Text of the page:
Wednesday, August 1, 2012

Feds: News Sites Peddling Weight Loss Products A Scam

Diet pills that promise rapid weight loss with little exercise might seem like a dream come true. But in many cases, the only thing that gets thinner is your wallet.

One federal agency is now cracking down on at least one apparent diet scam. The Federal Trade Commission just announced a crackdown on Web sites that use the logos of real news organizations and fake testimonials to push a dietary supplement. The FTC says that Web sites peddling the acai berry diet violated federal law by posing as news sites, utilizing testimonial by alleged reporters that the diet worked. According to the FTC, this gave consumers the false impression that the diet had been researched by reputable sources, or that consumers were reading real news reports.

According to court filings, the scam worked like this:

A consumer types "acai" into Google or another search engine. An ad pops up that says, "Health Reporter Discovers The Shocking Truth." Clicking on that link leads the consumer to a fake news site featuring a first-person story about a fake reporter's positive experience with the diet products. One more click and the consumer lands on an ad offering a "free trial" of an acai berry supplement.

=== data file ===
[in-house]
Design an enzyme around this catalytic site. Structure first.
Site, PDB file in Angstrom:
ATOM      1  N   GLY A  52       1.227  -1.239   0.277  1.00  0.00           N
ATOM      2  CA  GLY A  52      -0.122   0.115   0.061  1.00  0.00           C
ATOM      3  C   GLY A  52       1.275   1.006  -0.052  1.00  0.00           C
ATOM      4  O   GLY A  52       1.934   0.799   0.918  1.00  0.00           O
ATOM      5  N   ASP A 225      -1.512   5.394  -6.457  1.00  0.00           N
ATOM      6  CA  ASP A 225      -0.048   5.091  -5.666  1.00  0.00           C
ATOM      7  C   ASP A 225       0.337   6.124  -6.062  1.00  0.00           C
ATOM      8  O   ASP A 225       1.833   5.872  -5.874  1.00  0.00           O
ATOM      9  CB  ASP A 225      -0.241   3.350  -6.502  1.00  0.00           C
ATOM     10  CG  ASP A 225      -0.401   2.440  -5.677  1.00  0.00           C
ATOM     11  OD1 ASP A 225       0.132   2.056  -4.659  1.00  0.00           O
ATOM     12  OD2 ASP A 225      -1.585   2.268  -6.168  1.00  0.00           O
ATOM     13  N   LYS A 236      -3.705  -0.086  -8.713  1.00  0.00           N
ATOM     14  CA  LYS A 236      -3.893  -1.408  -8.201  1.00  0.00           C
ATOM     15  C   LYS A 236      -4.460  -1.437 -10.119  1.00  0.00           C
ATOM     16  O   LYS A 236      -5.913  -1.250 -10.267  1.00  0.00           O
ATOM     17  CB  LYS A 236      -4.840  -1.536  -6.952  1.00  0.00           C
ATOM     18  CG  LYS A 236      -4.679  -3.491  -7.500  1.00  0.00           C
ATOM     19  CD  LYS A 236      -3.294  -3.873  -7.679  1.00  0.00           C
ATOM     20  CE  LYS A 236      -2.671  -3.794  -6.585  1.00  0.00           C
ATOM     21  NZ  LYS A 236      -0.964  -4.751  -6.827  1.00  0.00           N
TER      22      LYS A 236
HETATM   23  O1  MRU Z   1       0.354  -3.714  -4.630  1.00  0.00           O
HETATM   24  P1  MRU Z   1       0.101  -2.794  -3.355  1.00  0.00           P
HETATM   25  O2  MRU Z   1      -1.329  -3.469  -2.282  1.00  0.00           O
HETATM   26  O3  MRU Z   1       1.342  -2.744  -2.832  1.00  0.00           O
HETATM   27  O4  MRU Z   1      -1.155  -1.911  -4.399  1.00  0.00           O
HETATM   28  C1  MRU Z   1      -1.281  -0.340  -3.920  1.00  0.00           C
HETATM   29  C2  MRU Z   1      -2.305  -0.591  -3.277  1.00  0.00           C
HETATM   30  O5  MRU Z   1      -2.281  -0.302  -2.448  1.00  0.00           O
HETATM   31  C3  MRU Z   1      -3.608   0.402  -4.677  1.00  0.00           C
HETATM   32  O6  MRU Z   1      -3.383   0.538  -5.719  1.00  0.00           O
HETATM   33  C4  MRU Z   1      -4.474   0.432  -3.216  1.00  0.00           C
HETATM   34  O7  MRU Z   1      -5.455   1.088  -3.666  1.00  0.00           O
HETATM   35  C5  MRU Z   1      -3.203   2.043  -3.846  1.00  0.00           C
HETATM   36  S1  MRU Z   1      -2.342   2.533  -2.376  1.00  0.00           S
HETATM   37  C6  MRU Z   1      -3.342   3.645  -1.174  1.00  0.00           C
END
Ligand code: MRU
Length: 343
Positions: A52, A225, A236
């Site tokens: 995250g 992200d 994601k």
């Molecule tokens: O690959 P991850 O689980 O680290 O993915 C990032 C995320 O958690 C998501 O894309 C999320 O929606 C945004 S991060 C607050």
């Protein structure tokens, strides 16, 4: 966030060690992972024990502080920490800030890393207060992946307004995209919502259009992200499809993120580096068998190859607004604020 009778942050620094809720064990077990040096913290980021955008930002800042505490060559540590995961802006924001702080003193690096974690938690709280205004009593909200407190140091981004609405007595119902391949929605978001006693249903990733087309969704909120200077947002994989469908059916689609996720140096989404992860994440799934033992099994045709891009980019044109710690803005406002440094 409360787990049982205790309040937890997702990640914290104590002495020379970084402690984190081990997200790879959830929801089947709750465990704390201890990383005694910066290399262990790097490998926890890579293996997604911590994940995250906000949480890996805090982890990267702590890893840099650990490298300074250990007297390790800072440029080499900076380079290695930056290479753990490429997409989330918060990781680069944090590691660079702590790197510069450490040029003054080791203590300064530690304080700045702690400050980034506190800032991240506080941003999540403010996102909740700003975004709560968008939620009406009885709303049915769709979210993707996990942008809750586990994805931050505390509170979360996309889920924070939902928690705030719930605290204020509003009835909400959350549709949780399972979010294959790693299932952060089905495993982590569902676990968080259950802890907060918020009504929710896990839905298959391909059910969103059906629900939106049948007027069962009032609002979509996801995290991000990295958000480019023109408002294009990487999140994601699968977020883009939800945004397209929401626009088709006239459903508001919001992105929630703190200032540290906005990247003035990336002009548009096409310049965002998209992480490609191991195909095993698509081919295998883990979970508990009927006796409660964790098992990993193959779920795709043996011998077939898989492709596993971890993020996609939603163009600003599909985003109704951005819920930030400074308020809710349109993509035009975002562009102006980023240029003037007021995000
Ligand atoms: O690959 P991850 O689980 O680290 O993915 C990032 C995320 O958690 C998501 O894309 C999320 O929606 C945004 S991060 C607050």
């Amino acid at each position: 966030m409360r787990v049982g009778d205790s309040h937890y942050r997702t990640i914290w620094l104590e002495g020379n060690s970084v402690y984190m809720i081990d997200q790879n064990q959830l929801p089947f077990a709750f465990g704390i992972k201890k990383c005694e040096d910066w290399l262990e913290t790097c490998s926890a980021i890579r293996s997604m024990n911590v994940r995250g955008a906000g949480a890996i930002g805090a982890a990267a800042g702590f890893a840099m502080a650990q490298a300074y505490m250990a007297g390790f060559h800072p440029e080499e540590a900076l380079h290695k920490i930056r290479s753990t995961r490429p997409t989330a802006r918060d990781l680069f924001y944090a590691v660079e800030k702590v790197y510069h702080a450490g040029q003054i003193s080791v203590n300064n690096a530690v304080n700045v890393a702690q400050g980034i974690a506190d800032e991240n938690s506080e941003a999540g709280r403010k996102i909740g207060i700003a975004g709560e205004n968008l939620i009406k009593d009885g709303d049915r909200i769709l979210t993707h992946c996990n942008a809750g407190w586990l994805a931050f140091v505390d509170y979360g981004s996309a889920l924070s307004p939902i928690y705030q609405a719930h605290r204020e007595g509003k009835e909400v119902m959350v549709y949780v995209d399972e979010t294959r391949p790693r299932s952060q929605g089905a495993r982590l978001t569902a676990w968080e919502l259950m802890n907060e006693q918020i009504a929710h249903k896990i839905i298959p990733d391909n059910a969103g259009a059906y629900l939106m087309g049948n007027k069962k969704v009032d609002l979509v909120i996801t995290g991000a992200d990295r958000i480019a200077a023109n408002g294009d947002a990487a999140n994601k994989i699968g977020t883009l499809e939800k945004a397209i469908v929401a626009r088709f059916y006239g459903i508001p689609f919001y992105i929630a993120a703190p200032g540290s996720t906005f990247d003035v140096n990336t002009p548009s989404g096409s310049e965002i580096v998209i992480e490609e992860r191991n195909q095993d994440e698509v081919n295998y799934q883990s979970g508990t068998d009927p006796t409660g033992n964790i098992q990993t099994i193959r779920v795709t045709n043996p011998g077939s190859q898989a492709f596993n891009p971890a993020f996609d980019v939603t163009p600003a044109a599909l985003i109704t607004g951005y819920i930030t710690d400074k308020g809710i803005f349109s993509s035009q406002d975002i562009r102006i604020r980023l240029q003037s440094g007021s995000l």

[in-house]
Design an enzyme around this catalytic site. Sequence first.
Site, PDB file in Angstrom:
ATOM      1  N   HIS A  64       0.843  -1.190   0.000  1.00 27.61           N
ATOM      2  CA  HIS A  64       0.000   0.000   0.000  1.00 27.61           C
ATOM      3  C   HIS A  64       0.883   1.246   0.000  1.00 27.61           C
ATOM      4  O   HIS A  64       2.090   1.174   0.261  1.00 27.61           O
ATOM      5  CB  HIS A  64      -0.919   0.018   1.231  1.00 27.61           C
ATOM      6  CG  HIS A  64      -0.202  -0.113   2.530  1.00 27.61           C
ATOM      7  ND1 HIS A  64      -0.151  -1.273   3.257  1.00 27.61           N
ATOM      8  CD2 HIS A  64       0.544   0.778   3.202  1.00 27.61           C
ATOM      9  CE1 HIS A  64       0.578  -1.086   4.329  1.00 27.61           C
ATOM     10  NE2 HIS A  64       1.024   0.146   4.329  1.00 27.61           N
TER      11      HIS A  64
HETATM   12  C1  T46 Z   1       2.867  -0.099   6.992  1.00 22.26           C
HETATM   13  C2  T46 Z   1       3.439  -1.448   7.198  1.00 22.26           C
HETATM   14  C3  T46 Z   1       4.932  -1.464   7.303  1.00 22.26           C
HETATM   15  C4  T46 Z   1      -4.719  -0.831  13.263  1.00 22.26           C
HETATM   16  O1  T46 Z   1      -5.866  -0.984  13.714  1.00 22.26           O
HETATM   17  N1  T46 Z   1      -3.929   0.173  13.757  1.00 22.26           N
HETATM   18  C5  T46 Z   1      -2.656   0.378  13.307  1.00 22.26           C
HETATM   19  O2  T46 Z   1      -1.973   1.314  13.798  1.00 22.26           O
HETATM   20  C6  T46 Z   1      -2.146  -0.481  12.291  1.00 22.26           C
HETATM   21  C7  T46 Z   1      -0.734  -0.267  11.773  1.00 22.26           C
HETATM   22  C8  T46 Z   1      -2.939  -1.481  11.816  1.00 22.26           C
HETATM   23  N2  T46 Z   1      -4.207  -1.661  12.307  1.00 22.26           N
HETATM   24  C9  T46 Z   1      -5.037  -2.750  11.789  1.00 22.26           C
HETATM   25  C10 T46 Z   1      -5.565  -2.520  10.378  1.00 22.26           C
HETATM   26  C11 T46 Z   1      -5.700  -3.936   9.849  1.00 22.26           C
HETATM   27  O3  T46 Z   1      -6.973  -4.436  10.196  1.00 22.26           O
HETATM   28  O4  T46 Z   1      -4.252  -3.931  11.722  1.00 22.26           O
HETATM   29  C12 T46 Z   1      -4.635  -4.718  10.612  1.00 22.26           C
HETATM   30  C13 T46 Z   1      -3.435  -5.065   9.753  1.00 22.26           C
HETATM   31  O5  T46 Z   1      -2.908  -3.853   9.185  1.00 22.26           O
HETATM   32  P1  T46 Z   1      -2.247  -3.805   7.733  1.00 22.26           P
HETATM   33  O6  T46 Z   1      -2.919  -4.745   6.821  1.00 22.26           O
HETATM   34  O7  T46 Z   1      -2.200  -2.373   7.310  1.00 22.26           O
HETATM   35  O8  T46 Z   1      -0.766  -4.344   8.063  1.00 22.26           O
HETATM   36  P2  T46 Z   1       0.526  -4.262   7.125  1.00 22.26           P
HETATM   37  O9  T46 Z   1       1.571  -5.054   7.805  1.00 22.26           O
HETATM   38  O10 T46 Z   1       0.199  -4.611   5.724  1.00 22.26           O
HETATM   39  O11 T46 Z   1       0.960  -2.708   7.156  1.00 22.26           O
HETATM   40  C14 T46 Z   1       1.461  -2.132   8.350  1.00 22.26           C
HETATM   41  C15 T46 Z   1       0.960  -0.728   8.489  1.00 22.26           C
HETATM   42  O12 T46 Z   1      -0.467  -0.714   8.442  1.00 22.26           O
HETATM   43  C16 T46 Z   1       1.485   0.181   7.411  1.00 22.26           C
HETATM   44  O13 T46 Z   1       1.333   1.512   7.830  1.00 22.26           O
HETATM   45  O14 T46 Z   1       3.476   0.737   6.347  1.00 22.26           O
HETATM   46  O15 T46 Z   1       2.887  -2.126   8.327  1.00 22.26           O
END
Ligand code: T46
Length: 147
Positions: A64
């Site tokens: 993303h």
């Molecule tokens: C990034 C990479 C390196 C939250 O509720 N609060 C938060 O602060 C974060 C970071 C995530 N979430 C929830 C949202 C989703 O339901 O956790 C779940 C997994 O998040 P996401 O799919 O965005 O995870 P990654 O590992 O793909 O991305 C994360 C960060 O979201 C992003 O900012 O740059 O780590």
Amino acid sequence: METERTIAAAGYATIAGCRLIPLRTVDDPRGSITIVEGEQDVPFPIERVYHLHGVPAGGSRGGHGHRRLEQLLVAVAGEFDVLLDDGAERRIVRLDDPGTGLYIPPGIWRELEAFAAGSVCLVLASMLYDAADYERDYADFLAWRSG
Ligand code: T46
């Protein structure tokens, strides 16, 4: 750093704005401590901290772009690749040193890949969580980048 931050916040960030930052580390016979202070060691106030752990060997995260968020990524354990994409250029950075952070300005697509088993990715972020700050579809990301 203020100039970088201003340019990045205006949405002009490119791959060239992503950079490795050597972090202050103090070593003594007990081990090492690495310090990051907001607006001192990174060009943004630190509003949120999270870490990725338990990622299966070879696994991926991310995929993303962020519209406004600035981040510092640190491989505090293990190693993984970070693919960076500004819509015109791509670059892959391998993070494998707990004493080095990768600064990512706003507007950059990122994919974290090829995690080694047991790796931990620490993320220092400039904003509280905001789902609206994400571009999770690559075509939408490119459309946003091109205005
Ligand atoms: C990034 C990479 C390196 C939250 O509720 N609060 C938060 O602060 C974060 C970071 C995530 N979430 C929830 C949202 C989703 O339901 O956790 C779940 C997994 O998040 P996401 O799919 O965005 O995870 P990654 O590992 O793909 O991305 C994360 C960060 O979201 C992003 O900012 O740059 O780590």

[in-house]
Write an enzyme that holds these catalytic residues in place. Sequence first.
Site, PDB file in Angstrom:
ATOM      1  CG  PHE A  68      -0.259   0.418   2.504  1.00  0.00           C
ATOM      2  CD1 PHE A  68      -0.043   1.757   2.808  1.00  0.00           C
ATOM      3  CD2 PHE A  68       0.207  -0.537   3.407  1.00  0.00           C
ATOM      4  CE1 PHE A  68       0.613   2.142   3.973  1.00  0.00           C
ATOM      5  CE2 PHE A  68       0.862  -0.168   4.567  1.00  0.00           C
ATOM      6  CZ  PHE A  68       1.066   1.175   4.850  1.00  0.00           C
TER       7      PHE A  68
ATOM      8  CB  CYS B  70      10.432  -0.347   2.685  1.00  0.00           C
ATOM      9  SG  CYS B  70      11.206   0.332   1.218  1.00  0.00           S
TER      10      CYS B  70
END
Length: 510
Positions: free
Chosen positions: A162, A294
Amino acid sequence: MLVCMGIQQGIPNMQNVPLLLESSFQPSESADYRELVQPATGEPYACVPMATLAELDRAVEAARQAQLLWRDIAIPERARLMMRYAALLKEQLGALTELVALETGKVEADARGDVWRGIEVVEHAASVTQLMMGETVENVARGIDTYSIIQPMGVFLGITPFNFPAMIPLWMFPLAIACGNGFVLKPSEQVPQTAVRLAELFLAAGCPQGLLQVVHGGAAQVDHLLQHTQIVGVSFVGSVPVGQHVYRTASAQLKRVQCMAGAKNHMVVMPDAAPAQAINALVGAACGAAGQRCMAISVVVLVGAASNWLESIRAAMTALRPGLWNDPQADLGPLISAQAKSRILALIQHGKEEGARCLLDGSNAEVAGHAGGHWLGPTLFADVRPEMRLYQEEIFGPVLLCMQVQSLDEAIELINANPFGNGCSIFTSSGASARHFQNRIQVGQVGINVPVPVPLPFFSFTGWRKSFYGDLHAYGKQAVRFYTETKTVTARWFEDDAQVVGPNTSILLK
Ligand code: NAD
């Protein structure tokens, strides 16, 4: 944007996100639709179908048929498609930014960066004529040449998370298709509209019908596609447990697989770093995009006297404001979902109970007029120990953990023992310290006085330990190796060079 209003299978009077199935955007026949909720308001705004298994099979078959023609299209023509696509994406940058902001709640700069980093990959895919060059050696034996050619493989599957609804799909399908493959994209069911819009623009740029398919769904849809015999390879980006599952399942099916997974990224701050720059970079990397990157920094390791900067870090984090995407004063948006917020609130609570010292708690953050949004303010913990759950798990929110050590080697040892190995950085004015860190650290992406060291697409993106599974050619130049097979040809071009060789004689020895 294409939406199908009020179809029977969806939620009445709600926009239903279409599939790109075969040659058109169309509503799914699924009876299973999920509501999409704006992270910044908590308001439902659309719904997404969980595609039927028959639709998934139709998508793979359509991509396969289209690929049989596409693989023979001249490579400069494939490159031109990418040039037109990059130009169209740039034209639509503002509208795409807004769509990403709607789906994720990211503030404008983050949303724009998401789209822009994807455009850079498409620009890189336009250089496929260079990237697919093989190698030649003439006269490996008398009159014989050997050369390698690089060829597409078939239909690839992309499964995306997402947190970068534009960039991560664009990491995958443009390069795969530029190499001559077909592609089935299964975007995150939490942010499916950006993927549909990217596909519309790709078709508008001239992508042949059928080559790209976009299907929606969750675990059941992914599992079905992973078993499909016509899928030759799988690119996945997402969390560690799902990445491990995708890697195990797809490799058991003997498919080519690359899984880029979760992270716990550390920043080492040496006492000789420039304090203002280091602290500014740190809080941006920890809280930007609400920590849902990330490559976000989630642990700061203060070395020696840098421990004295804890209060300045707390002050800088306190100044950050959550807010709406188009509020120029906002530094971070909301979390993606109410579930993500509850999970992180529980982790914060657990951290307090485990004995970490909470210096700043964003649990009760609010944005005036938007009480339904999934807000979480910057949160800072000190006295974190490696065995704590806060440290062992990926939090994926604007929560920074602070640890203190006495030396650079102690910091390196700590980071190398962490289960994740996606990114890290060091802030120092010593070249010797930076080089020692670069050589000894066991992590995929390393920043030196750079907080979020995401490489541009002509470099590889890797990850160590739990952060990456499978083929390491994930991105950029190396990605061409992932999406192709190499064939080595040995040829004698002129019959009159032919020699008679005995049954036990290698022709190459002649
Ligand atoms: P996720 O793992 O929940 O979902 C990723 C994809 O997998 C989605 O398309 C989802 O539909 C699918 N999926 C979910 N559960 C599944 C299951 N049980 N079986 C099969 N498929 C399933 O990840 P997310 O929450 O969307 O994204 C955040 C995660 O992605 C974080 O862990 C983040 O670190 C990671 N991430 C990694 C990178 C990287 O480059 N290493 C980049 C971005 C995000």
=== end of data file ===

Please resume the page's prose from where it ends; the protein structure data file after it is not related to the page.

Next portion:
The FTC received multiple complaints from consumers who paid from $70 to $100 for weight-loss products after having been duped by the fake news sites. Over the past week, the FTC has filed complaints in Illinois, Michigan, New Jersey, New York, Georgia and Washington.

The acai berry scam is not the only diet scam out there. As the nation's obesity rate continues to rise and access to the Internet becomes more and more widespread, weight loss has become an area ripe for scammers. The Internet allows people to cloak their products with legitimate looking items: logos, formats mimicking legitimate news organizations, using familiar faces to promote the products.

Experts say certain terms give away the true nature of an ad’s claim. “Lose weight without diet or exercise!” “Lose 30 pounds in 30 days!” “Eat your favorite foods and still lose weight!” All are familiar slogans—and experts say all instant red lights that the product being peddled is a scam.

So keeping this information in mind, if weight loss products are going through these types of measures to trick people into buying their products, do you still believe that those products will actually help you accomplish you goal of losing weight?   

If you believe you’ve been scammed, report it to the FTC.

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